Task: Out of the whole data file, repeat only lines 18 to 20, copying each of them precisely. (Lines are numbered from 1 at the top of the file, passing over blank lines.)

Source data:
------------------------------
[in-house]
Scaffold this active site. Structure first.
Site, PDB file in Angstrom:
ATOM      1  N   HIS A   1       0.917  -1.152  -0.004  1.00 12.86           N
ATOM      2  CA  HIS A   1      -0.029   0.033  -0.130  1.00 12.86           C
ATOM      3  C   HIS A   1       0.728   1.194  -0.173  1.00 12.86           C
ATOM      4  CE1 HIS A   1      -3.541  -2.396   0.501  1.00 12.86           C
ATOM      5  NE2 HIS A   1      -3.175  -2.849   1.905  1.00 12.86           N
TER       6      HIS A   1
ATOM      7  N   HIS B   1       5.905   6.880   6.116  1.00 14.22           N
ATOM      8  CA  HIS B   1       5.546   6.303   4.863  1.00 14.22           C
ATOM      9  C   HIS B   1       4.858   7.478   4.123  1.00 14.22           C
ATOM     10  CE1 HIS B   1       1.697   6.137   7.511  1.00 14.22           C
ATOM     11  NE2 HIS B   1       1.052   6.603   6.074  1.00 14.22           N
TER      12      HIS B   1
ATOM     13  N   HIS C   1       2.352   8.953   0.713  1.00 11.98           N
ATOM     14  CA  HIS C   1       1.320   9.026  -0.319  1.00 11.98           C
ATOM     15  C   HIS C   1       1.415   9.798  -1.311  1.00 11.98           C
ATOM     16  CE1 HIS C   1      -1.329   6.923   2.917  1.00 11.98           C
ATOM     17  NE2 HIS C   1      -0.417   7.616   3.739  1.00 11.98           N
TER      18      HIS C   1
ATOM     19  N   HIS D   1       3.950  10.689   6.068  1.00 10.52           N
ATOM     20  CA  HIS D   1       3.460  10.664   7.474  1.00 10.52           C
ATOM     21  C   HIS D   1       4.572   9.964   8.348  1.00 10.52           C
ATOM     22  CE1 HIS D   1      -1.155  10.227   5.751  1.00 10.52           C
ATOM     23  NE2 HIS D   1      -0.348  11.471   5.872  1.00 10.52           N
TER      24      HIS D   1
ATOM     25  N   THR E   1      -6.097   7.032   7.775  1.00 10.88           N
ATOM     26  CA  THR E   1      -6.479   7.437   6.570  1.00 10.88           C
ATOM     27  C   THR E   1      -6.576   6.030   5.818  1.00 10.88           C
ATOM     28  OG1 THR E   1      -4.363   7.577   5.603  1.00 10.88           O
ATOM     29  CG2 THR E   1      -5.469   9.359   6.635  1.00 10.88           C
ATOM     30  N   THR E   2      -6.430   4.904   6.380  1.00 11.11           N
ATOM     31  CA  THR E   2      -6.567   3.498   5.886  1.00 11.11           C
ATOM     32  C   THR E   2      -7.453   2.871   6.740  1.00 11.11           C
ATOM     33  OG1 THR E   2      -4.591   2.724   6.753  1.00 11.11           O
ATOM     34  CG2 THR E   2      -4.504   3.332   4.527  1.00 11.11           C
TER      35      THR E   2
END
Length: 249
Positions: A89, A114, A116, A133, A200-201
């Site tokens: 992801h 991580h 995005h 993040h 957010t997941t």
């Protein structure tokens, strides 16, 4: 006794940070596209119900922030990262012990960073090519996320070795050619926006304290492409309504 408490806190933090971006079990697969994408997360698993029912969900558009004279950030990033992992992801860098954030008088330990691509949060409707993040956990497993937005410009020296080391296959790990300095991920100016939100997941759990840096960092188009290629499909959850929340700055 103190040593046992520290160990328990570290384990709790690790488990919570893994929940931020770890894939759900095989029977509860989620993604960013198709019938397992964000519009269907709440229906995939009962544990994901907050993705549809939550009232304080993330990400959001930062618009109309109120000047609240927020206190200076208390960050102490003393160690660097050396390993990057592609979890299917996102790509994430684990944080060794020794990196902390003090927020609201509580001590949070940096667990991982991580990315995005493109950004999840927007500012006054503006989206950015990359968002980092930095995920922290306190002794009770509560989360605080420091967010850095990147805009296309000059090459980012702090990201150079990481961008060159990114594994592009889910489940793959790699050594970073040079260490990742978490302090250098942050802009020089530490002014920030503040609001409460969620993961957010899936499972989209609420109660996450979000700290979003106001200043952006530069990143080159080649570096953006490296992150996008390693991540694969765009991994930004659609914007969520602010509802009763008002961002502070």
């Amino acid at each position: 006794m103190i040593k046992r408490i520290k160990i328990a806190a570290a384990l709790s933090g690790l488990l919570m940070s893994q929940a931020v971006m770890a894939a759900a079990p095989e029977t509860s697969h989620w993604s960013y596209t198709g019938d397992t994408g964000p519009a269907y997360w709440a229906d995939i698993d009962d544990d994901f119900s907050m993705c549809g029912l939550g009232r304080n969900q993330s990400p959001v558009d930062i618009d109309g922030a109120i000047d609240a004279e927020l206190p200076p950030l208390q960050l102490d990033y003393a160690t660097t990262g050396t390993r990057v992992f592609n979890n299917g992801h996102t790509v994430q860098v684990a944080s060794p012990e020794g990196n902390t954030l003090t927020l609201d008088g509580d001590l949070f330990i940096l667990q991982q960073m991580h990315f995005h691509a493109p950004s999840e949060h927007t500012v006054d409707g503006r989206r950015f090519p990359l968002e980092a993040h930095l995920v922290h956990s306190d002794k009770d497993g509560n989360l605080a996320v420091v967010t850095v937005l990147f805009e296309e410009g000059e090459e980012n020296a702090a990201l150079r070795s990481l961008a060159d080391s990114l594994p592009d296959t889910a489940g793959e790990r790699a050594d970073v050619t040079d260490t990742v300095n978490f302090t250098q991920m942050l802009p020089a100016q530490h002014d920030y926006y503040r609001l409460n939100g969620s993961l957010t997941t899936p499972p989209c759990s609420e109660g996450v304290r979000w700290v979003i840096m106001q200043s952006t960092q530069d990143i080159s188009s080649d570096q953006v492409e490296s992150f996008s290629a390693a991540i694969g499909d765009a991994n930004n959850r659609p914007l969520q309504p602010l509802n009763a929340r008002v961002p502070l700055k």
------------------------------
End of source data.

ATOM     15  C   HIS C   1       1.415   9.798  -1.311  1.00 11.98           C
ATOM     16  CE1 HIS C   1      -1.329   6.923   2.917  1.00 11.98           C
ATOM     17  NE2 HIS C   1      -0.417   7.616   3.739  1.00 11.98           N